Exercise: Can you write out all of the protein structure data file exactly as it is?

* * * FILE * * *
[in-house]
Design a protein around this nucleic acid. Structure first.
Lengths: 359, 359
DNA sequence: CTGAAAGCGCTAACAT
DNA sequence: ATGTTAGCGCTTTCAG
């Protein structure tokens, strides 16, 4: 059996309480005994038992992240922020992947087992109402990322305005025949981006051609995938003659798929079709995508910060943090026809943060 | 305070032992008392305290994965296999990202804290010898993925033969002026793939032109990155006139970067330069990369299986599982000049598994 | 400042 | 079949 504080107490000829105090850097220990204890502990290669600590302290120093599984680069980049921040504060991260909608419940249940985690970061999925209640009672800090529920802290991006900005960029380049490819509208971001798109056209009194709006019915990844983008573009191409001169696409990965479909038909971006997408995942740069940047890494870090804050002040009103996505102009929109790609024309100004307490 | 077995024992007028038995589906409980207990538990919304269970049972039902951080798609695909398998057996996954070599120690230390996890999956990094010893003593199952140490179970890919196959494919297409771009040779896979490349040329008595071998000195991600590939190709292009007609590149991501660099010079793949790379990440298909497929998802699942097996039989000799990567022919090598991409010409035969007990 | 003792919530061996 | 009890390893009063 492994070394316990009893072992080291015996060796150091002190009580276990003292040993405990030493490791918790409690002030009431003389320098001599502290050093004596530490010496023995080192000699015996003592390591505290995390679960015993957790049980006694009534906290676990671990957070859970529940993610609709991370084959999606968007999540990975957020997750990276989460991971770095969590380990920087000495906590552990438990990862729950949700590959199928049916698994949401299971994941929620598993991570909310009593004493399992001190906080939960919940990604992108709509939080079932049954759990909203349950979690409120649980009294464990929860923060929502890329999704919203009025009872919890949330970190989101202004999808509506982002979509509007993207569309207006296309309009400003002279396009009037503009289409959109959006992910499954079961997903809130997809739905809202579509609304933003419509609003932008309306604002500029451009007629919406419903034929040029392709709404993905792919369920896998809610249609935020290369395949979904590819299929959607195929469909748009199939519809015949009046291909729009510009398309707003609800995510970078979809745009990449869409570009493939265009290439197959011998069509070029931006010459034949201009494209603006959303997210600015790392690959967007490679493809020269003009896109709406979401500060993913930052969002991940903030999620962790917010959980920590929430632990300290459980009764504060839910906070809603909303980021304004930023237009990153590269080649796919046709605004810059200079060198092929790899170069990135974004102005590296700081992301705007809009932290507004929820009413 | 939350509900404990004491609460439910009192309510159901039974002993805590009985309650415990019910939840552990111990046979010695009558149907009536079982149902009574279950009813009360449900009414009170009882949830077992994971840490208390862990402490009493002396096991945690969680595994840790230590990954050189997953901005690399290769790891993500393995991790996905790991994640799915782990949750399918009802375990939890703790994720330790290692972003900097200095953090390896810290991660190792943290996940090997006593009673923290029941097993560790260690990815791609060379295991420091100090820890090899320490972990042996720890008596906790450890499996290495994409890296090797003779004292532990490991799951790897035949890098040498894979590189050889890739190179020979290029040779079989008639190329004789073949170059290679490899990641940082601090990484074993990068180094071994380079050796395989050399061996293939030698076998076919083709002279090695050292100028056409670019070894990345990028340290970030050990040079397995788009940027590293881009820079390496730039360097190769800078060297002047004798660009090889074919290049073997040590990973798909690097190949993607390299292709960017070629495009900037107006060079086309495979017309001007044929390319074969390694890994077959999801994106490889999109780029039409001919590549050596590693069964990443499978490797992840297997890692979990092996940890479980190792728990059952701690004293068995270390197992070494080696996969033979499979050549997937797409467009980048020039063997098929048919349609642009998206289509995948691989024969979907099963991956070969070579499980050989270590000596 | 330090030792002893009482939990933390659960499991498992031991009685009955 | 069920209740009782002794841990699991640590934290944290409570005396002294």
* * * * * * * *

[in-house]
Design a protein around this nucleic acid. Structure first.
Lengths: 359, 359
DNA sequence: CTGAAAGCGCTAACAT
DNA sequence: ATGTTAGCGCTTTCAG
């Protein structure tokens, strides 16, 4: 059996309480005994038992992240922020992947087992109402990322305005025949981006051609995938003659798929079709995508910060943090026809943060 | 305070032992008392305290994965296999990202804290010898993925033969002026793939032109990155006139970067330069990369299986599982000049598994 | 400042 | 079949 504080107490000829105090850097220990204890502990290669600590302290120093599984680069980049921040504060991260909608419940249940985690970061999925209640009672800090529920802290991006900005960029380049490819509208971001798109056209009194709006019915990844983008573009191409001169696409990965479909038909971006997408995942740069940047890494870090804050002040009103996505102009929109790609024309100004307490 | 077995024992007028038995589906409980207990538990919304269970049972039902951080798609695909398998057996996954070599120690230390996890999956990094010893003593199952140490179970890919196959494919297409771009040779896979490349040329008595071998000195991600590939190709292009007609590149991501660099010079793949790379990440298909497929998802699942097996039989000799990567022919090598991409010409035969007990 | 003792919530061996 | 009890390893009063 492994070394316990009893072992080291015996060796150091002190009580276990003292040993405990030493490791918790409690002030009431003389320098001599502290050093004596530490010496023995080192000699015996003592390591505290995390679960015993957790049980006694009534906290676990671990957070859970529940993610609709991370084959999606968007999540990975957020997750990276989460991971770095969590380990920087000495906590552990438990990862729950949700590959199928049916698994949401299971994941929620598993991570909310009593004493399992001190906080939960919940990604992108709509939080079932049954759990909203349950979690409120649980009294464990929860923060929502890329999704919203009025009872919890949330970190989101202004999808509506982002979509509007993207569309207006296309309009400003002279396009009037503009289409959109959006992910499954079961997903809130997809739905809202579509609304933003419509609003932008309306604002500029451009007629919406419903034929040029392709709404993905792919369920896998809610249609935020290369395949979904590819299929959607195929469909748009199939519809015949009046291909729009510009398309707003609800995510970078979809745009990449869409570009493939265009290439197959011998069509070029931006010459034949201009494209603006959303997210600015790392690959967007490679493809020269003009896109709406979401500060993913930052969002991940903030999620962790917010959980920590929430632990300290459980009764504060839910906070809603909303980021304004930023237009990153590269080649796919046709605004810059200079060198092929790899170069990135974004102005590296700081992301705007809009932290507004929820009413 | 939350509900404990004491609460439910009192309510159901039974002993805590009985309650415990019910939840552990111990046979010695009558149907009536079982149902009574279950009813009360449900009414009170009882949830077992994971840490208390862990402490009493002396096991945690969680595994840790230590990954050189997953901005690399290769790891993500393995991790996905790991994640799915782990949750399918009802375990939890703790994720330790290692972003900097200095953090390896810290991660190792943290996940090997006593009673923290029941097993560790260690990815791609060379295991420091100090820890090899320490972990042996720890008596906790450890499996290495994409890296090797003779004292532990490991799951790897035949890098040498894979590189050889890739190179020979290029040779079989008639190329004789073949170059290679490899990641940082601090990484074993990068180094071994380079050796395989050399061996293939030698076998076919083709002279090695050292100028056409670019070894990345990028340290970030050990040079397995788009940027590293881009820079390496730039360097190769800078060297002047004798660009090889074919290049073997040590990973798909690097190949993607390299292709960017070629495009900037107006060079086309495979017309001007044929390319074969390694890994077959999801994106490889999109780029039409001919590549050596590693069964990443499978490797992840297997890692979990092996940890479980190792728990059952701690004293068995270390197992070494080696996969033979499979050549997937797409467009980048020039063997098929048919349609642009998206289509995948691989024969979907099963991956070969070579499980050989270590000596 | 330090030792002893009482939990933390659960499991498992031991009685009955 | 069920209740009782002794841990699991640590934290944290409570005396002294």